(ELLICOTT, Colo.) — On Sunday, Painted Skull Ranch hosted a memorial barrel race that brought together hundreds of participants to honor the memory of the legendary rider Ardith Bruce.
Ardith Bruce, a renowned barrel race rider who earned her place in the ProRodeo Hall of Fame, left an indelible mark on the rodeo world, and her legacy continues to shine brightly.
Over one year after the passing of the celebrated barrel racer, more than 200 people gathered at Painted Skull Ranch in Ellicott for the Inaugural Ardith Bruce Memorial Scholarship Barrel Race.
Organizers expressed their heartfelt appreciation for the overwhelming turnout, which was a testament to Bruce’s eminence in the rodeo community.
Bruce was more than just a rodeo icon; her granddaughter, Amber West, fondly remembered her as a trailblazer, a matriarch of barrel racing, and a beloved figure in Colorado.
People marveled at Bruce’s extraordinary skills as she expertly maneuvered her horse around the three barrels.
West continued, “She was absolutely fearless. People said in her day, if a horse could go 100 miles an hour, she could make it go 105. She used to say, ‘If you don’t pee your pants, you’re not going fast enough.'”
Bruce’s list of accomplishments was extensive. She won national and world titles – most notably in 1964 when she clinched the world title aboard a horse known as Red, registered as Shaws Kingwood Snip.
Remarkably, she continued competing until she was 85 years old. West said even at that age she was as competitive as she was when she first started 70 years ago.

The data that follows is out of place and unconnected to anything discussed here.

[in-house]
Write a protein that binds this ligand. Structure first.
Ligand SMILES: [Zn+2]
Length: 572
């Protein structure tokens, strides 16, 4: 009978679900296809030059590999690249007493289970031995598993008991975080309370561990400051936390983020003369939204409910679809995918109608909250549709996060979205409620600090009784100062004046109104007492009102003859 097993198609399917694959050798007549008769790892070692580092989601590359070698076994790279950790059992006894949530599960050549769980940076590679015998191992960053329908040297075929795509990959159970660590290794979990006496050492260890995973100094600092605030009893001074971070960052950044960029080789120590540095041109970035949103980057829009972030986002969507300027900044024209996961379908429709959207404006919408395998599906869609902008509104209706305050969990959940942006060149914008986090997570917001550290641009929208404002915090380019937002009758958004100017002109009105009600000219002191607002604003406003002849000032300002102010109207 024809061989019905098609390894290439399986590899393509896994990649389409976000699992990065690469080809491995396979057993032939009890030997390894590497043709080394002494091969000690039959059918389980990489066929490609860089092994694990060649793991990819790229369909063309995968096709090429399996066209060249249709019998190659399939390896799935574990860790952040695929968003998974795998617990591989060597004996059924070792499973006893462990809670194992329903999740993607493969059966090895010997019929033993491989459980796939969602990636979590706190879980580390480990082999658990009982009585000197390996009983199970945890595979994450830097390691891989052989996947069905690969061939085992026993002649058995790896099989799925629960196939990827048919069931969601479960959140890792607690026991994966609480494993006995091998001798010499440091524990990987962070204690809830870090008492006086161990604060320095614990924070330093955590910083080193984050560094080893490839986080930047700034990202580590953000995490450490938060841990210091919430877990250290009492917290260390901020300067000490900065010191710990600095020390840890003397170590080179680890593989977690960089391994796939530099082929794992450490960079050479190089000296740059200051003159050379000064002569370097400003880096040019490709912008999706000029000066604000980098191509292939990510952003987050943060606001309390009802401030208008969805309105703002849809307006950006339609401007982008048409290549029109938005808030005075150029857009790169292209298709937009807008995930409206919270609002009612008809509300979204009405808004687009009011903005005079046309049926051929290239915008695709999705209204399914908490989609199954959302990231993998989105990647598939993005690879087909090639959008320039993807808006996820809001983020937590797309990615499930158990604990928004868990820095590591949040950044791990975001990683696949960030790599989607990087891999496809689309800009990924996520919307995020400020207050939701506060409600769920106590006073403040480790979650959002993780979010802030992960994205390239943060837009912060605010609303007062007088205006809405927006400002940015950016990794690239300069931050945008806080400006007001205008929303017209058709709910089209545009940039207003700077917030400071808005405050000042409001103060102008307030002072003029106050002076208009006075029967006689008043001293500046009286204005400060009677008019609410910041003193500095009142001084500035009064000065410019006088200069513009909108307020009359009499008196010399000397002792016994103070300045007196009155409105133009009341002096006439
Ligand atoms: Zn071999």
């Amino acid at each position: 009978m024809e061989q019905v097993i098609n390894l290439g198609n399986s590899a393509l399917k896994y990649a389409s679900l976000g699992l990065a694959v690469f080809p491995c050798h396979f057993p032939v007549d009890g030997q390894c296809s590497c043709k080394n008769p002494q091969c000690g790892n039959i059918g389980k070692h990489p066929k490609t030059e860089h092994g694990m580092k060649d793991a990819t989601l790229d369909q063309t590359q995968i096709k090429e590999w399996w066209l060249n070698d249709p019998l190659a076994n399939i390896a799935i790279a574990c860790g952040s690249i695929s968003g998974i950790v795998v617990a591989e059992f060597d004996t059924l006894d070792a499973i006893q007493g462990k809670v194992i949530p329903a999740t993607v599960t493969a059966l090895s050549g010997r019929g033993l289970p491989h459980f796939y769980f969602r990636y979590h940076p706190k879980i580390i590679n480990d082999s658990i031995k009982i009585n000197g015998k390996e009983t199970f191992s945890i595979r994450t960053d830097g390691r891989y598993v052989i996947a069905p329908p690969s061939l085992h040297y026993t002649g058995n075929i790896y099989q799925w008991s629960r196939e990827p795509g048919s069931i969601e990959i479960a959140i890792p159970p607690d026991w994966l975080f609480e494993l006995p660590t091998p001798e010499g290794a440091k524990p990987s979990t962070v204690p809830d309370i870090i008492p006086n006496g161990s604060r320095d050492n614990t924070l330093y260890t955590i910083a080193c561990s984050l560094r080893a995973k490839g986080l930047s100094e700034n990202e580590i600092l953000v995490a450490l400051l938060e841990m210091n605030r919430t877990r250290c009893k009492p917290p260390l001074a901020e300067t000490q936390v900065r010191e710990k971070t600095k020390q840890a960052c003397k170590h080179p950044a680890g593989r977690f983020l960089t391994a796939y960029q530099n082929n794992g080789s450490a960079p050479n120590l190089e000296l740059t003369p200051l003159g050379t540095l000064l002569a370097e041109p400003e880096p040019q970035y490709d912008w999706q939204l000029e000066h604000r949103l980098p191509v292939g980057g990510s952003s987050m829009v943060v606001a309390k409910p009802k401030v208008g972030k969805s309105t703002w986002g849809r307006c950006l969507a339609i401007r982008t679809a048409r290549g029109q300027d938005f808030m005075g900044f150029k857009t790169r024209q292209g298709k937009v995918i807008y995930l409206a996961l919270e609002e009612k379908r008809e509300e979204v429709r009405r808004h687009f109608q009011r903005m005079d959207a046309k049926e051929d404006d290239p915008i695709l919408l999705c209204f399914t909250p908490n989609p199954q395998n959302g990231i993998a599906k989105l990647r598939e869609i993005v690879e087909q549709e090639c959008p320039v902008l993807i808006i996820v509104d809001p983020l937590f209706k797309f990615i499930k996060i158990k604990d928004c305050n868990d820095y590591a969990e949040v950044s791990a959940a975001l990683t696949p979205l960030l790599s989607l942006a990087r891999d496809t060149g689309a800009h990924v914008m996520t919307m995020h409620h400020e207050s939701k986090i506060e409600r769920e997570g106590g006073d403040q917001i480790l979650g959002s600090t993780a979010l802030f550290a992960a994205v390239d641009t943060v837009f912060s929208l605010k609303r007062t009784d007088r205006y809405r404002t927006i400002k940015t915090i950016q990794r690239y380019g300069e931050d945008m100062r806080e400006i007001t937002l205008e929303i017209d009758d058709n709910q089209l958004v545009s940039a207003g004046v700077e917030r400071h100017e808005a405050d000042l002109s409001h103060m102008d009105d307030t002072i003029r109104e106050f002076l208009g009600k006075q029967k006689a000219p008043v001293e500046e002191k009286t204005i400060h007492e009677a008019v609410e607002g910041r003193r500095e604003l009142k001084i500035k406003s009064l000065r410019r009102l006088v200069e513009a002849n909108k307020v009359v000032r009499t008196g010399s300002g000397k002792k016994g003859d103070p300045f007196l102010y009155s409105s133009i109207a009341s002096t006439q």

Kelly Yates, a friend and competitor of Ardith Bruce, reminisced, “I’ve known Ardith since I was a very, very young child. She was a mentor to a lot of people and also mine. But she loved to run, and girls loved it from what I ever remember. She loved running barrels. And so, this would mean so much to her.”
Organizers of the memorial event were visibly emotional, understanding the significance of honoring such a revered figure.
James Bray, the owner of Painted Skull Ranch, choked back tears as he said, “I just want to make sure we get it right. I want to make sure that nothing goes wrong. I know she’s watching, and I want to do it right.”
The proceeds from this event will fund a scholarship to be awarded to a local barrel rider, furthering their education.
West expressed her grandmother’s wishes, saying, “She would want this scholarship to go to someone who would use barrel racing to help them be more well-rounded in life, have a good education, and help further what she started.”
Bruce passed away at the age of 90, on July 27, 2022. But, her memory will endure through events like these. Bray believes that the memorial barrel race will continue to grow each year, ensuring that Bruce’s legacy lives on.
Having lived in Fountain, Colorado, for over 60 years, Ardith Bruce left an indelible mark on the local rodeo community. She passed away at Memorial Hospital in Colorado Springs, just two weeks before her induction into the Pro Rodeo Hall of Fame, cementing her status as a true legend in the world of rodeo.